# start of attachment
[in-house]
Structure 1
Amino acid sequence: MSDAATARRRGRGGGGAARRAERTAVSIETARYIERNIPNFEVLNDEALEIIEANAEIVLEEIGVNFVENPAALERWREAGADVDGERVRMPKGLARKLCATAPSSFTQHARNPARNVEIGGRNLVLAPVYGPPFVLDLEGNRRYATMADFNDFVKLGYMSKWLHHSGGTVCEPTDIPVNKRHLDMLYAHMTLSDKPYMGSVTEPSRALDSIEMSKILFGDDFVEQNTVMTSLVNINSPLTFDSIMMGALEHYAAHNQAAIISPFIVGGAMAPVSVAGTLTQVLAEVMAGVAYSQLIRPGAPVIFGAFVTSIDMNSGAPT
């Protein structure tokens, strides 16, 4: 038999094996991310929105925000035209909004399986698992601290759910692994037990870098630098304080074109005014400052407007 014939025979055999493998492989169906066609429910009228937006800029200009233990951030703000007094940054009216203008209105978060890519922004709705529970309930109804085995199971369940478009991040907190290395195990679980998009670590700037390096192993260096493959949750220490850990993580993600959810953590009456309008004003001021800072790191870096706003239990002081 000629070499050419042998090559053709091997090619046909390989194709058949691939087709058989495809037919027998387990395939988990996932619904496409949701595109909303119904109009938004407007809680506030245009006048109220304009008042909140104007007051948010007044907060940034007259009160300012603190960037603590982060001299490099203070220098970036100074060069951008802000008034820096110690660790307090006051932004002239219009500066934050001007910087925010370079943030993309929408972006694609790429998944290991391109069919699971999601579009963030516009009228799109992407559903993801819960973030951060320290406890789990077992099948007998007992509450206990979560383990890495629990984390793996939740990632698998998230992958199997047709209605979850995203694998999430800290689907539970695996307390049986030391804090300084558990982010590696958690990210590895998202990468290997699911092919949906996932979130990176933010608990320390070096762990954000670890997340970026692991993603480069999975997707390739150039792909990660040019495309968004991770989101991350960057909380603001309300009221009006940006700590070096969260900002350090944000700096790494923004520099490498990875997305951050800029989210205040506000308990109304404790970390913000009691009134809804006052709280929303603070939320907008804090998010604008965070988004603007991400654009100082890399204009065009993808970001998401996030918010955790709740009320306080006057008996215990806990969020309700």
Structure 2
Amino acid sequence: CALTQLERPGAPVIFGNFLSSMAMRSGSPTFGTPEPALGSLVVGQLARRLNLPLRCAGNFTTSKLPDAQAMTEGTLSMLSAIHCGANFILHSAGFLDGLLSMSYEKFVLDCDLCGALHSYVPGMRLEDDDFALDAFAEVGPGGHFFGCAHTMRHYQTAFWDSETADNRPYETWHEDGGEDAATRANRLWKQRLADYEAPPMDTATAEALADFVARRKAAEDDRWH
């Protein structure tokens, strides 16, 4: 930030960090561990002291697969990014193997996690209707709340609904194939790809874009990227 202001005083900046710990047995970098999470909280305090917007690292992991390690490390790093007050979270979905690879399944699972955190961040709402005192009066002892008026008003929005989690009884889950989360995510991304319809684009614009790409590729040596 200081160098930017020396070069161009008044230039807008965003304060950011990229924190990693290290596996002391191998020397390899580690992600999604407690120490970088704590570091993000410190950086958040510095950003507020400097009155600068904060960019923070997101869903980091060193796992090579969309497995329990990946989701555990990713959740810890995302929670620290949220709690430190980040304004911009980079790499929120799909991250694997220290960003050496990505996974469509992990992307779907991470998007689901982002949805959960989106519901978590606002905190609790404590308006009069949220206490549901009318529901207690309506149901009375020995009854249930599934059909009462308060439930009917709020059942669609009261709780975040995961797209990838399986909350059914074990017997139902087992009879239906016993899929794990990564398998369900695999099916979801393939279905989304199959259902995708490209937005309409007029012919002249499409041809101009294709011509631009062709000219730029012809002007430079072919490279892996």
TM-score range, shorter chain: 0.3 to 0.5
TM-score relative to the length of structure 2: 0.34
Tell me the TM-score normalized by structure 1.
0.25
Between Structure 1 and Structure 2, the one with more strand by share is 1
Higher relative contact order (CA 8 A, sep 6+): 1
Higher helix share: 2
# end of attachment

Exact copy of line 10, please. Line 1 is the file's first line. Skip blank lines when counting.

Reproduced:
Tell me the TM-score normalized by structure 1.